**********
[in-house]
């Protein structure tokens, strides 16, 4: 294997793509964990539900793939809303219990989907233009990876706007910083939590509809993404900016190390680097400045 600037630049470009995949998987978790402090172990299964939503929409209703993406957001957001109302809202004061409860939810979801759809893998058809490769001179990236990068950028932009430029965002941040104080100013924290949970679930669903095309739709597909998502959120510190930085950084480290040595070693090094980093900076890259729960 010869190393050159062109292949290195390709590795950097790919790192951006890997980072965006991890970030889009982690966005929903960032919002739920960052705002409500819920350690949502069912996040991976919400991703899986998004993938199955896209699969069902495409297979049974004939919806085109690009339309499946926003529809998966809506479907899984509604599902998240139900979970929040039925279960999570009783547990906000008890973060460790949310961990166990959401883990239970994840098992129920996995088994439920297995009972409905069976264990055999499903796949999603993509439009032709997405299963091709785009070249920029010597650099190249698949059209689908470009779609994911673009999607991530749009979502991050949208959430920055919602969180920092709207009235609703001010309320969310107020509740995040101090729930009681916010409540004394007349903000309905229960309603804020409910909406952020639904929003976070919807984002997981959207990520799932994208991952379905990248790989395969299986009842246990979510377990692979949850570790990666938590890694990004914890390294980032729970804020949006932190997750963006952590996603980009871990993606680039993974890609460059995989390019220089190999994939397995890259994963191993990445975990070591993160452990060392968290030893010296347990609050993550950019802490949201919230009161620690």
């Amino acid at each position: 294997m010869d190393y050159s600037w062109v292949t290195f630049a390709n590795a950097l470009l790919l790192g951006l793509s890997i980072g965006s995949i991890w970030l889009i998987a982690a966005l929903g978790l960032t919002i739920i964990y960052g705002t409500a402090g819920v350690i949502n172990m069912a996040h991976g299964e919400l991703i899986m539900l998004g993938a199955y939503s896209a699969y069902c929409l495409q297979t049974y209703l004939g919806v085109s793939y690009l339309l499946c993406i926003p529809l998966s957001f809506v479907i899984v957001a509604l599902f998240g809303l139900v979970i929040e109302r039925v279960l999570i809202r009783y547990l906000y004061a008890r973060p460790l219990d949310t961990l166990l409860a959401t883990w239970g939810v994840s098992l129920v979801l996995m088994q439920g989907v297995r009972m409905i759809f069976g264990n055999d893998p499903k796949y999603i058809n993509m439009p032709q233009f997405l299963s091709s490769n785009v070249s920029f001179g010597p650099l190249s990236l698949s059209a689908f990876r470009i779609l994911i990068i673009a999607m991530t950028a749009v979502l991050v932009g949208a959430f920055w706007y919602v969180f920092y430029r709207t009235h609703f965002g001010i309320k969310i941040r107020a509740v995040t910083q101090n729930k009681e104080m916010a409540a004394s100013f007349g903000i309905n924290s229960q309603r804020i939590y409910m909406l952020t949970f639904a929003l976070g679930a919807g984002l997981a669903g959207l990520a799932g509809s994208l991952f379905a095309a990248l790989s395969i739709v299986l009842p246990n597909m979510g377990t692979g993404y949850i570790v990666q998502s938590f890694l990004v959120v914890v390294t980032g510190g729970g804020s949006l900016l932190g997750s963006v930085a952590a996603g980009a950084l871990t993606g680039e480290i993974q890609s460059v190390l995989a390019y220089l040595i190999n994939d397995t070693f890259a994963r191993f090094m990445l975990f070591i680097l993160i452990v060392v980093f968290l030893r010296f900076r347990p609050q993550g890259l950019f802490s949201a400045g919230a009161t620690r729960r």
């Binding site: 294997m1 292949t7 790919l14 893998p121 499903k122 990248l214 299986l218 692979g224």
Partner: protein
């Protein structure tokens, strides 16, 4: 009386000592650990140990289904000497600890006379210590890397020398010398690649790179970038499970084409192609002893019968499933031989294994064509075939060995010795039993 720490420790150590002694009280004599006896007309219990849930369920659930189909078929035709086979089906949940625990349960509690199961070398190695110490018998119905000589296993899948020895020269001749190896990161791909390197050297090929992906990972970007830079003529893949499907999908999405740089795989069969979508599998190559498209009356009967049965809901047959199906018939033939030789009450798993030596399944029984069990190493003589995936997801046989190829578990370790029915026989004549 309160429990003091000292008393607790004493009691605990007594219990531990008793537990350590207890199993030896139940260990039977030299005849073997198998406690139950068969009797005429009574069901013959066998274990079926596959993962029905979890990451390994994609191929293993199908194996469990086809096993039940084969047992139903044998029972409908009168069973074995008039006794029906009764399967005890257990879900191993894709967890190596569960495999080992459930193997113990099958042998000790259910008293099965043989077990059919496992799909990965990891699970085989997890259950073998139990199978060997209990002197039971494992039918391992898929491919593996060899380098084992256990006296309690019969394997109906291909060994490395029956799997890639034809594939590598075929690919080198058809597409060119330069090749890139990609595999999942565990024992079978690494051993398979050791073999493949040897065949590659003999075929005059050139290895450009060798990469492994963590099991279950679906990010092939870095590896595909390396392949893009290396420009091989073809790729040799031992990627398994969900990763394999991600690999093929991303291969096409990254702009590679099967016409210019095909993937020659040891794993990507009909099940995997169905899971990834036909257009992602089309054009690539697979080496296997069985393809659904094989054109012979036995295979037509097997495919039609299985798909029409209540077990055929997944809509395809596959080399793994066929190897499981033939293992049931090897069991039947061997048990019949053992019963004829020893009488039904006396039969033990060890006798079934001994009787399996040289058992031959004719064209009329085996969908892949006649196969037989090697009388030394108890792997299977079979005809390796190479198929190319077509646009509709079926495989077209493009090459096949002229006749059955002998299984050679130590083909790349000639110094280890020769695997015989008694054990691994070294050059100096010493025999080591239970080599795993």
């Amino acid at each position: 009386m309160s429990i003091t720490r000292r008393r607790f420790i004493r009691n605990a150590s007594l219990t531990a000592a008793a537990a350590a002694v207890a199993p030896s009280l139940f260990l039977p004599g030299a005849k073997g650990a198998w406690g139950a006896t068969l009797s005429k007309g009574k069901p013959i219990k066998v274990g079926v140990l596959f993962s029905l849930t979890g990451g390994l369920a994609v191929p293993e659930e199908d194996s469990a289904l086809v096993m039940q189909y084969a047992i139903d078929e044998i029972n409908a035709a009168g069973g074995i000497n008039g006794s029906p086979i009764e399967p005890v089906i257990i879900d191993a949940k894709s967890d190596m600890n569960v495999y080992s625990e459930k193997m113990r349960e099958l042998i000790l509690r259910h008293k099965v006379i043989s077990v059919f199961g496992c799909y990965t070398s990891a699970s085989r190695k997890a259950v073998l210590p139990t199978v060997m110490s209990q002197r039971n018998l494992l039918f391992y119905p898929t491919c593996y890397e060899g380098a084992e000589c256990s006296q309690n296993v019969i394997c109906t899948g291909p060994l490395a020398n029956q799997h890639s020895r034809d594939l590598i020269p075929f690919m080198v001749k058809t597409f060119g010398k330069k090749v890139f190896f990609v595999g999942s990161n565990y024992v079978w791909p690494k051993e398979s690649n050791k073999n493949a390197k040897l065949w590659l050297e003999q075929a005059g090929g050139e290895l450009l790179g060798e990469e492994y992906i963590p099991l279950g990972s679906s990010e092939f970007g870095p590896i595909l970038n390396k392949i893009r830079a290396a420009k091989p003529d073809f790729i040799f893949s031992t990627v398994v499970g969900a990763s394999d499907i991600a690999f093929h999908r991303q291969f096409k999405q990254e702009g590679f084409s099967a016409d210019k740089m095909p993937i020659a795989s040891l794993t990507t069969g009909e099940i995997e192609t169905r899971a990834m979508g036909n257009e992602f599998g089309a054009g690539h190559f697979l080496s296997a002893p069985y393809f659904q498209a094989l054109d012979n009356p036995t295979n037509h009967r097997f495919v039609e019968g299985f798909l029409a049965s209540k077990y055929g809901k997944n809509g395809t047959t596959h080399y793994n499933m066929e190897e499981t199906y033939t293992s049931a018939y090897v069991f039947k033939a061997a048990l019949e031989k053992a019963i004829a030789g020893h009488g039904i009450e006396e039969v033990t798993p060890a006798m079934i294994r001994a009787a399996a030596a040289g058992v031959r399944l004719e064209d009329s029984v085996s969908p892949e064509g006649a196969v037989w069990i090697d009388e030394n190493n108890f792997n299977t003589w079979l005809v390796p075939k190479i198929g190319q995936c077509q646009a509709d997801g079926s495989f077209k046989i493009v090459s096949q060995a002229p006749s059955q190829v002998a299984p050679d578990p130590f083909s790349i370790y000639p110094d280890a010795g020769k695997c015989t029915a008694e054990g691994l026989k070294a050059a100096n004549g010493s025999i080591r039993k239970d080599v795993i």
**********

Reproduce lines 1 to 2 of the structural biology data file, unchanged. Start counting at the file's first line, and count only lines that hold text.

[in-house]
């Protein structure tokens, strides 16, 4: 294997793509964990539900793939809303219990989907233009990876706007910083939590509809993404900016190390680097400045 600037630049470009995949998987978790402090172990299964939503929409209703993406957001957001109302809202004061409860939810979801759809893998058809490769001179990236990068950028932009430029965002941040104080100013924290949970679930669903095309739709597909998502959120510190930085950084480290040595070693090094980093900076890259729960 010869190393050159062109292949290195390709590795950097790919790192951006890997980072965006991890970030889009982690966005929903960032919002739920960052705002409500819920350690949502069912996040991976919400991703899986998004993938199955896209699969069902495409297979049974004939919806085109690009339309499946926003529809998966809506479907899984509604599902998240139900979970929040039925279960999570009783547990906000008890973060460790949310961990166990959401883990239970994840098992129920996995088994439920297995009972409905069976264990055999499903796949999603993509439009032709997405299963091709785009070249920029010597650099190249698949059209689908470009779609994911673009999607991530749009979502991050949208959430920055919602969180920092709207009235609703001010309320969310107020509740995040101090729930009681916010409540004394007349903000309905229960309603804020409910909406952020639904929003976070919807984002997981959207990520799932994208991952379905990248790989395969299986009842246990979510377990692979949850570790990666938590890694990004914890390294980032729970804020949006932190997750963006952590996603980009871990993606680039993974890609460059995989390019220089190999994939397995890259994963191993990445975990070591993160452990060392968290030893010296347990609050993550950019802490949201919230009161620690």